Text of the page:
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According to the work of Knight Aldrich (1966), hostile dependency is a relationship orientation characterized by the need of relationship members to be dependent on a partner who is hostile or mistrusting of other people.
Hostile-dependent relationships are characterized by either one sided, or a mutual atmosphere of hostility and aggression between the partners, which are endured due to the dependence of the partners involved (Aldrich, 1966). Since the members of the relationship are dependent on one another, these characteristics can express themselves in complementary ways. For example, between spouses where one is a sadist and the other a masochist, however many other forms are possible, for example, as abusive spousal relationships or in parental relationships with their dependent children (both young, teen and adult children) and in other circumstances of dependency. Many members of hostile-dependent relationships remain together, despite the conflict between one another.
In the case of adults, the need to be dependent upon someone who is hostile or mistrusting of others develops when an individual does not satisfy their need for security earlier in their life (Markovic, 1999). Dr. Maurice Martin (1968) suggests that neurotic, unconscious needs for security motivate hostile-dependent individuals to pursue romantic relationships and that most of these relationships fail due to the overwhelming nature of the hostile-dependent individual's needs. Hostile-dependent relationships develop when two individuals who are hostile themselves become attracted to one another through their hostility.
According to Dr. Maurice Martin (1968), treatment for hostile dependency is possible and should be performed using psychoanalytic methods to examine the unconscious neurosis of the spouses. More specifically, the neuroses that result from the unconscious conflict caused by unfulfilled gender-specific developmental milestones must be examined and confronted by the therapist and the client. Confrontation is done using somewhat existential therapeutic methods designed to improve a patient's self-esteem and sense of meaning in life. Treatment also involves a systematic restructuring of the marital relationship that involves the teaching of communication and problem-solving skills (Williams, Trick, & Troum, 1981).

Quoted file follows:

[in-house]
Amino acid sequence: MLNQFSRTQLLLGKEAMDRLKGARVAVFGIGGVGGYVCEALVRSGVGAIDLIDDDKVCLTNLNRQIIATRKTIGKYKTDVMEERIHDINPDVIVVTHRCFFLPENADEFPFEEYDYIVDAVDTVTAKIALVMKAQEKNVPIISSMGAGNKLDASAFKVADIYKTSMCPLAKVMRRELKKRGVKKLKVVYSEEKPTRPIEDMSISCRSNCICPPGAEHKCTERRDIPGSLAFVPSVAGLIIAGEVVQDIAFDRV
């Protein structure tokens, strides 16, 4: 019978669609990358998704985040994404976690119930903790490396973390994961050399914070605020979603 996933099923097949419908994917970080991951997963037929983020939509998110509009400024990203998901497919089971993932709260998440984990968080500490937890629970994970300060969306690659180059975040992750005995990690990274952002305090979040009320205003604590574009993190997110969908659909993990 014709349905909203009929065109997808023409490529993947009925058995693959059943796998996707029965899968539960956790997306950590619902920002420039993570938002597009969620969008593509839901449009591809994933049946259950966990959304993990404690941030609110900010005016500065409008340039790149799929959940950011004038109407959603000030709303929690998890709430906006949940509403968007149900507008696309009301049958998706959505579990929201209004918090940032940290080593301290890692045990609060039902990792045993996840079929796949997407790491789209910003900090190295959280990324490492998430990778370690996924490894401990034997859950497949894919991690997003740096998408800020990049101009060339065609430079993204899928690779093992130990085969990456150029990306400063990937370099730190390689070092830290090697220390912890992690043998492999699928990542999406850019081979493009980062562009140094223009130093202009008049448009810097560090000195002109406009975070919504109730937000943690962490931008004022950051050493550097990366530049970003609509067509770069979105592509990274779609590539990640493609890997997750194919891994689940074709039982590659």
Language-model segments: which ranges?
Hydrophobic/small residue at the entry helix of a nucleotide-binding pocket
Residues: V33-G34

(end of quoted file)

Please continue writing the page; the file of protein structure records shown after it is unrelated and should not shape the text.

Unfortunately, therapy is often subjected to counter-transference (Martin, 1968). In other words, the therapist is highly prone to becoming involved in the conflict between spouses. Martin (1968) recommends remaining objective and to avoid acting as a judge or advice-giver in order for therapy to succeed.
Paranoid personality disorder syndrome
One of the observations often made by therapists who have tried to treat hostile dependency is the degradation of trust between the spouses to the point of paranoid behavior (Martin, 1968). Conflicts between the spouses escalate to the point that both have internalized the anger and negativity of the relationship, resulting in depression. Through their depression, patients have begun to lose their trust in one another and become suspicious of each other's motivations and actions (Martin, 1968). Paranoid ideation can manifest itself in one spouse when they are actively aggressive towards the other spouse, who then reciprocates with passive aggression (Williams, Trick, & Troum, 1981). This pattern of mistrust was sometimes called "Paranoid Wife Syndrome" (Martin, 1968). However, this term is now outdated.
An investigation of the early relationship between couples that experience what was formerly referred to as Paranoid Wife Syndrome, but not more widely referred to as paranoid personality disorder, tends to show a strong attraction between the spouses when they first began their romantic relationship (Williams, Trick, & Troum, 1981). Both spouses might recount a strong compatibility between the two of them. These strong, positive feelings reflect the security needs of the spouses that developed out of their early experiences. They work well together as a couple because they complement one another's neurosis. Through the course of the marriage, a series of negative interactions, influenced by neurotic motivations, between the spouses will reveal their anxieties to one another and result in the development of the syndrome (Williams, Trick, & Troum, 1981).
Relationship to other psychoanalytical perspectives on marriage
In Zorica Markovic's (1999) comparison of psychoanalytic conceptions of marital relationships, similarities are drawn between Knight Adrich's (1966) observations of hostile-dependent relationship styles and Bela Mittelmann's work on aggressive relationships. Mittelmann outlines a reciprocal and neurotic relationship orientation where partners are complementary in a way that creates a self-perpetuating cycle of tension. Like hostile-dependent relationships, the partners in these couples have neurotic needs that develop from early life experiences and create conflict within the relationship. Unlike hostile-dependent relationships, Mittelmann's model does not involve the development of suspicion or paranoia between spouses.
- Aldrich, Knight. (1966). An Introduction to Dynamic Psychiatry. McGraw - Hill: New York.
- Markovic, Z. (1999). Psychoanalytic conceptions of marriage and marital relationships. Facta Universitatis, 2, 379-389.
- Martin, M. (1968). Hostile dependency in marriage. Minnesota Medicine, 51, 510-511.
- Williams, A., Trick, O., & Troum, R. (1981). The paranoid wife syndrome: Diagnosis and treatment. Journal of Marital and Family Therapy, 7, 75-79.